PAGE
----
One of the OPEN Annual Conference afternoon workshops was “What Program Evaluators Can Learn from How We Performancy Auditors Do Our Work” from Gary Blackmer, Oregon Audits Director from the office of the Oregon Secretary of State. He referred to the 2007 Government Auditing Standards definition of performance auditing, pointing out that information resulting from audits is intended by use of those charged with governance and oversight to improve program performance and operations, reduce costs, and facilitate decision making. How does this differ from program evaluation? Auditors are required to follow the Government Auditing Standards from the Government Accountability Office (also known as “The Yellow Book”). Auditors are organizationally independent from the entities being audited; they do not negotiate scope, objectives, or access to data; and they always produce public reports. He pointed out that auditors make it a practice to spend one-third of their time conducting assessment and developing their audit plan, one-third gathering evidence, and one-third producing reports of findings. (Audience members generally agreed that evaluators tend to spend less time than that on planning and reporting.)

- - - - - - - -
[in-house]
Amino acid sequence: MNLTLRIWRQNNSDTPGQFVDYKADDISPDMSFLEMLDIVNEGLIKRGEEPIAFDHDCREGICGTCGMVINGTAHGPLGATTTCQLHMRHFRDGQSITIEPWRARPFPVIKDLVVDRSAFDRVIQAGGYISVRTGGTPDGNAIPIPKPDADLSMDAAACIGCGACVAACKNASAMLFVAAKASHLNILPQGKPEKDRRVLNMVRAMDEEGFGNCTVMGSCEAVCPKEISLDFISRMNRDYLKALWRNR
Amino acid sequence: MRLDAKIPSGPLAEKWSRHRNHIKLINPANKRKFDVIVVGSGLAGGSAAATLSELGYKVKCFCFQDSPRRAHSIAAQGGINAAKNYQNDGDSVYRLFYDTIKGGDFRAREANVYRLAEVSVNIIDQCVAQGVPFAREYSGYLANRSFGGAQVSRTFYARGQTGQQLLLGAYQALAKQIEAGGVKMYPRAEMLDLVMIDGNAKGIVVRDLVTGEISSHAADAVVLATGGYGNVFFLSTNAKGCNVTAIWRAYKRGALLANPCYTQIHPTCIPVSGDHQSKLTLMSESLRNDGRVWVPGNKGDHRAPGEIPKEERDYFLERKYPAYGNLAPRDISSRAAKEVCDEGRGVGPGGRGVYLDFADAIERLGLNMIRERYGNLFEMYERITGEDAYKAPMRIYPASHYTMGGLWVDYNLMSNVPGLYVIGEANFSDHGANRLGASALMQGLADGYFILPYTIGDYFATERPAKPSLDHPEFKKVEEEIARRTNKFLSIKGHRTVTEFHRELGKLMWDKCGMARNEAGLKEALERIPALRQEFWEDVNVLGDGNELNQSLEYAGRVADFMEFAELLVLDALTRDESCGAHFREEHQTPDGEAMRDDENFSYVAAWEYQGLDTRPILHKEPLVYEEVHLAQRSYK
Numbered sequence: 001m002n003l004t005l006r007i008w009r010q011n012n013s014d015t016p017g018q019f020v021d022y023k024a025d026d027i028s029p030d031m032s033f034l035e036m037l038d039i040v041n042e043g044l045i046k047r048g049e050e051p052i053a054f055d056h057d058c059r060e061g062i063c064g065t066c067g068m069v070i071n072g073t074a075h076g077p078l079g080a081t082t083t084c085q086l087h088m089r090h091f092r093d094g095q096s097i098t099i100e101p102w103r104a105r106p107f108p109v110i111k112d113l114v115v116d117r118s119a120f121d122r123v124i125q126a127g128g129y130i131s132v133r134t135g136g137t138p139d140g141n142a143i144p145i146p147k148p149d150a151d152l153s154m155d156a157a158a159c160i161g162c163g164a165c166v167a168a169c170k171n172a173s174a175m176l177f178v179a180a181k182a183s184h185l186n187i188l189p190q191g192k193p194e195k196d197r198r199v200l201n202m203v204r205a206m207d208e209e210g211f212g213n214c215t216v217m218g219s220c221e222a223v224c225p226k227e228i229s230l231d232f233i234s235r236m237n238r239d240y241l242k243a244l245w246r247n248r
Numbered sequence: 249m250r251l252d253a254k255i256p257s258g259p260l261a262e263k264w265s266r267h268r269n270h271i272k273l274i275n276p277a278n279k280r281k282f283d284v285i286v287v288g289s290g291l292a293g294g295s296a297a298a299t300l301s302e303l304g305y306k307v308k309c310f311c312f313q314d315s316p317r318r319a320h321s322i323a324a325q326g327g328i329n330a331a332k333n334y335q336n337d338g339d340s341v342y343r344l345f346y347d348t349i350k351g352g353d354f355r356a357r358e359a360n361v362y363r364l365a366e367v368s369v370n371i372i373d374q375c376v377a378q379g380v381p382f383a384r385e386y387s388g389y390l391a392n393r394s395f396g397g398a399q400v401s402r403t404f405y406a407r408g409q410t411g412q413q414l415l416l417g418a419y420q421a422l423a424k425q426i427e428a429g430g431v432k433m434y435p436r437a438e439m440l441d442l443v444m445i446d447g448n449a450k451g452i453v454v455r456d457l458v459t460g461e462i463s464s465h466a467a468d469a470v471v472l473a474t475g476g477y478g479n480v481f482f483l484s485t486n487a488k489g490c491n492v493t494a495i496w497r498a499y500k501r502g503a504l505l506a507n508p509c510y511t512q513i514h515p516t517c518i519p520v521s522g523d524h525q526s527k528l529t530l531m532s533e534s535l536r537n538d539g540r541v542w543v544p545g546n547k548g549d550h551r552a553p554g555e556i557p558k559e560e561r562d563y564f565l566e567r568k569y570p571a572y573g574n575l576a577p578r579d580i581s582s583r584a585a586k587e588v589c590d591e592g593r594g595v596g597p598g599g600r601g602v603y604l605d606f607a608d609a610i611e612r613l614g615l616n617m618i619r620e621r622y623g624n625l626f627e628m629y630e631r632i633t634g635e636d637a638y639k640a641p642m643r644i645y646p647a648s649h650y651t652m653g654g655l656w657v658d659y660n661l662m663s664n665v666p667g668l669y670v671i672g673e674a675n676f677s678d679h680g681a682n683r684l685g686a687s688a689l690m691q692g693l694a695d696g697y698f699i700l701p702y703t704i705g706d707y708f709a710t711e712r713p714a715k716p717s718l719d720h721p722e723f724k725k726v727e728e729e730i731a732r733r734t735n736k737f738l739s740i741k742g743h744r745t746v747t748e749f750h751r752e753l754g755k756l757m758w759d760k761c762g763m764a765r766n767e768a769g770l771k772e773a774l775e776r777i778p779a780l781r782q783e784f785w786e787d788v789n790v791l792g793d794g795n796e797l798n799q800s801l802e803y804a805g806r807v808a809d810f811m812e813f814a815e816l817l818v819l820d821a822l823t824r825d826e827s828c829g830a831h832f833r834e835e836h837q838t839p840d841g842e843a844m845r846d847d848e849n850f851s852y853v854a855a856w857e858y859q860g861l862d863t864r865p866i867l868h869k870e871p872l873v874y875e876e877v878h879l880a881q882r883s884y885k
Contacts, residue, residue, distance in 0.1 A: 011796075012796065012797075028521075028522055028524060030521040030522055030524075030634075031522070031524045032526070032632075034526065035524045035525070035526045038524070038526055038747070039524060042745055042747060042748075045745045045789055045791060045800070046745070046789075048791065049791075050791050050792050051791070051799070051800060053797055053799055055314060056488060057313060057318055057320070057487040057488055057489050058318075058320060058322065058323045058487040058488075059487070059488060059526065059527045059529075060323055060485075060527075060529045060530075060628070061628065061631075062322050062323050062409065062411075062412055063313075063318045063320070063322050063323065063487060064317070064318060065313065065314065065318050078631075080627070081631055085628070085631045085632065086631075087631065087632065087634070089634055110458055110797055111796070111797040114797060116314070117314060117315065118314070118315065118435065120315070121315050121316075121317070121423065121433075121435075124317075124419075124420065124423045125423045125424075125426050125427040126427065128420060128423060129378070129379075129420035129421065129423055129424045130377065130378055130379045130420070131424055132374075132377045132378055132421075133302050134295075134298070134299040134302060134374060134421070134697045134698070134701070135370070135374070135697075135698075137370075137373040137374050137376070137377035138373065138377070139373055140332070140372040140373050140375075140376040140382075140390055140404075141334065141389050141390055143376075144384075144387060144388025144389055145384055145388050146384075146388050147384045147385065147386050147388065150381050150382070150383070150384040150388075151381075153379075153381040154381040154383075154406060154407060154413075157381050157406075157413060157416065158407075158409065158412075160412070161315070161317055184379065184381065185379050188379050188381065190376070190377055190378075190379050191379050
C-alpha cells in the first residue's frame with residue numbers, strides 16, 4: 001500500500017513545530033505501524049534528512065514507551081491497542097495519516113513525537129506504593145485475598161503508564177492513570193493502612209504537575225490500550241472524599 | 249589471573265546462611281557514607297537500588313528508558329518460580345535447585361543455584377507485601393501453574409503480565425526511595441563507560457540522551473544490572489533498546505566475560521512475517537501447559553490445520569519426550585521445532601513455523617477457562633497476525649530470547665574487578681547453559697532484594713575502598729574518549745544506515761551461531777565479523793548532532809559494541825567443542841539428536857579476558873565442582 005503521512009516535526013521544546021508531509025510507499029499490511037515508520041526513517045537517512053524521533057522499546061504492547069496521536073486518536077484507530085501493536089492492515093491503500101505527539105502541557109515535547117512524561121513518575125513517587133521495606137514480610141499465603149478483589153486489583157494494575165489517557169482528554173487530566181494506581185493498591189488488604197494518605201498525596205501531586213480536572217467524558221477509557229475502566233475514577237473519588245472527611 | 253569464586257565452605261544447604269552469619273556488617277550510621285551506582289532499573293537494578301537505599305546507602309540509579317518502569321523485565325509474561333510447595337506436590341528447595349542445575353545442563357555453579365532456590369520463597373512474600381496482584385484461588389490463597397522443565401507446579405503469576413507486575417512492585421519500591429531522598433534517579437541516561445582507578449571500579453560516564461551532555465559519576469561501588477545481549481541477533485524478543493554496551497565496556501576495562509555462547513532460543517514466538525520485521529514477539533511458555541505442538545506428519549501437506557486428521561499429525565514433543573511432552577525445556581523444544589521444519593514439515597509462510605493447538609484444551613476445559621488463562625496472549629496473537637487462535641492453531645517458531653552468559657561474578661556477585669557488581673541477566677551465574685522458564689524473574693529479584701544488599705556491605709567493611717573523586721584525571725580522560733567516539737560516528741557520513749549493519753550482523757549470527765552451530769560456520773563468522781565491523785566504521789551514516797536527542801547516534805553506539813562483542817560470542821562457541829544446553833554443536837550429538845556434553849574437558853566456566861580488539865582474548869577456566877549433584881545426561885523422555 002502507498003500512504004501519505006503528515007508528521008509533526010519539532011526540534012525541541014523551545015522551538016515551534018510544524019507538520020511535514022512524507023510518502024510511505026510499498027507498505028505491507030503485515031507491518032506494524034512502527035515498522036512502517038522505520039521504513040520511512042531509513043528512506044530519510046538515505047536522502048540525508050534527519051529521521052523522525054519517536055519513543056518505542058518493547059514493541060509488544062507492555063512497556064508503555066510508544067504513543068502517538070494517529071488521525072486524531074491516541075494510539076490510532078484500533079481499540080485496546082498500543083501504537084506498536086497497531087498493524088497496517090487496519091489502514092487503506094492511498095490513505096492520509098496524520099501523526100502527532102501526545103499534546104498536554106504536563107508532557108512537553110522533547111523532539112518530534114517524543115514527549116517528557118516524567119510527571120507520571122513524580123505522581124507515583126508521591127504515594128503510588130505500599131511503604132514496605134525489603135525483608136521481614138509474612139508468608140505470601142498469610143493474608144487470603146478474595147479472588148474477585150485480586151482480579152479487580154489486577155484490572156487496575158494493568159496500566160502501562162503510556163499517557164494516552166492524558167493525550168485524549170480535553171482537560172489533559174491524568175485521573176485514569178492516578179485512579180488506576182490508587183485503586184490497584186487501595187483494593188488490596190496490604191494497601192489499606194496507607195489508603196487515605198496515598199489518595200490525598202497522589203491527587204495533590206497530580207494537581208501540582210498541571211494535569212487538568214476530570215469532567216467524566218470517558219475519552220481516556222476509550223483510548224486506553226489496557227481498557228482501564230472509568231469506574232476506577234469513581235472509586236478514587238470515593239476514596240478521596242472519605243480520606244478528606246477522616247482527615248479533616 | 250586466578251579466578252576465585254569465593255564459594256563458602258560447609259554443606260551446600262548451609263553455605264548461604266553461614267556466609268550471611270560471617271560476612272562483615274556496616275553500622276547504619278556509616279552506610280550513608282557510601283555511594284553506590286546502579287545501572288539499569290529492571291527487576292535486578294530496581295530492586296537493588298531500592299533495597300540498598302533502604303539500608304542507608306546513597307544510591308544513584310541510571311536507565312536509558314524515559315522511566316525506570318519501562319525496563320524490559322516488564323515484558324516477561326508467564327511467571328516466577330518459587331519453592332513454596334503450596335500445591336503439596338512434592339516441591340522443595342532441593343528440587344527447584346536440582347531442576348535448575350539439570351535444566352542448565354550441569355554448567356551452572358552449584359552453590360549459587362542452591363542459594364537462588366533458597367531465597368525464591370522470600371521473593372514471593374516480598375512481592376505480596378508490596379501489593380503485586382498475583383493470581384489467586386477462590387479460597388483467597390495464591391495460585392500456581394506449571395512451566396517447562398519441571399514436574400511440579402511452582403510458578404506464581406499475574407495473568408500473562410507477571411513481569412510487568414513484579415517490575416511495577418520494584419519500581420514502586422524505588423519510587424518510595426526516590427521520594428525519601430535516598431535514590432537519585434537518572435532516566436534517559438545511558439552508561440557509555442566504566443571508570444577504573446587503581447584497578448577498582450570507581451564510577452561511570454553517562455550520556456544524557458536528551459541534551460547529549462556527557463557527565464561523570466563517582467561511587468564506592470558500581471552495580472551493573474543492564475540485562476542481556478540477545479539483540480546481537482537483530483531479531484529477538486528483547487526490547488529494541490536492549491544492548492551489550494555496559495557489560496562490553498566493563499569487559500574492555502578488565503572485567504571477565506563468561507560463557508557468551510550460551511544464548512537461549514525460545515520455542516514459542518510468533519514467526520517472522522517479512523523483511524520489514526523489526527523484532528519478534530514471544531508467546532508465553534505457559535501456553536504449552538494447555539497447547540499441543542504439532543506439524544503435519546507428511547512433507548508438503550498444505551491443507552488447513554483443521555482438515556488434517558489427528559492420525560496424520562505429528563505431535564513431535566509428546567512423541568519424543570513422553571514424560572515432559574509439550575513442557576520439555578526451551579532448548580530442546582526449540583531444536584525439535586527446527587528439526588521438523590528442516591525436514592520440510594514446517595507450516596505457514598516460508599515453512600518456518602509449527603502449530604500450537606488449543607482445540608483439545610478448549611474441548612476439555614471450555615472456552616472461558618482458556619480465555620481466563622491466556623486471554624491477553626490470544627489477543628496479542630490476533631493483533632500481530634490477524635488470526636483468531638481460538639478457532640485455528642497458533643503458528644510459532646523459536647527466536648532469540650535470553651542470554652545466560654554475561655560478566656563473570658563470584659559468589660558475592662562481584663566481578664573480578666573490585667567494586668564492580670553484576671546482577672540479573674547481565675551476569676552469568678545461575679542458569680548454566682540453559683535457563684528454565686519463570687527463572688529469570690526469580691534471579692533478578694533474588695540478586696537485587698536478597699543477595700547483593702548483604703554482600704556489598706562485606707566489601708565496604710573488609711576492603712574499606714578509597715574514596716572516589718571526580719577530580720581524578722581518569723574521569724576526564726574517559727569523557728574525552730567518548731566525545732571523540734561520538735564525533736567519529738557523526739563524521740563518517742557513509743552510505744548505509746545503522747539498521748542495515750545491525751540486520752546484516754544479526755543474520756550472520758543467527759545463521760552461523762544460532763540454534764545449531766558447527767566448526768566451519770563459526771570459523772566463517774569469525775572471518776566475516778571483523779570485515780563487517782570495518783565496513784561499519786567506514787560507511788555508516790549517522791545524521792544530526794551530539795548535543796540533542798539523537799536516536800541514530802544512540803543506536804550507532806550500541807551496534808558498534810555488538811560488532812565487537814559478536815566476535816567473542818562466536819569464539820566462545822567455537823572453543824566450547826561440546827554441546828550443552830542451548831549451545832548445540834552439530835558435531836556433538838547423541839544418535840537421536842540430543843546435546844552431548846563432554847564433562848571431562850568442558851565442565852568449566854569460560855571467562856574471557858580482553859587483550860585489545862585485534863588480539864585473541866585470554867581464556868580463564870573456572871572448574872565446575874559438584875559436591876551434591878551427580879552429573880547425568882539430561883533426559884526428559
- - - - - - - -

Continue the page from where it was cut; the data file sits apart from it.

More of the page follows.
Published audit reports are typically intended to provide a window into an organization–a portrait for the public–with referrals to separately published working papers that provide details about methodology, data, and analysis. The speaker observed that bad news doesn’t travel up very well and we don’t get rewarded for doing things wrong. Organizations often only want to be assessed on things that can be controlled, leading to an emphasis on process rather than outcomes. Auditors sometimes have a more accurate view of “reality” than management and, emphasizing that there is always room for improvement in every organization, provide “bad news” (ie, suggestions regarding changes) in doses that can be tolerated.
Handouts and powerpoints from this workshop will be made available at the OPEN web site.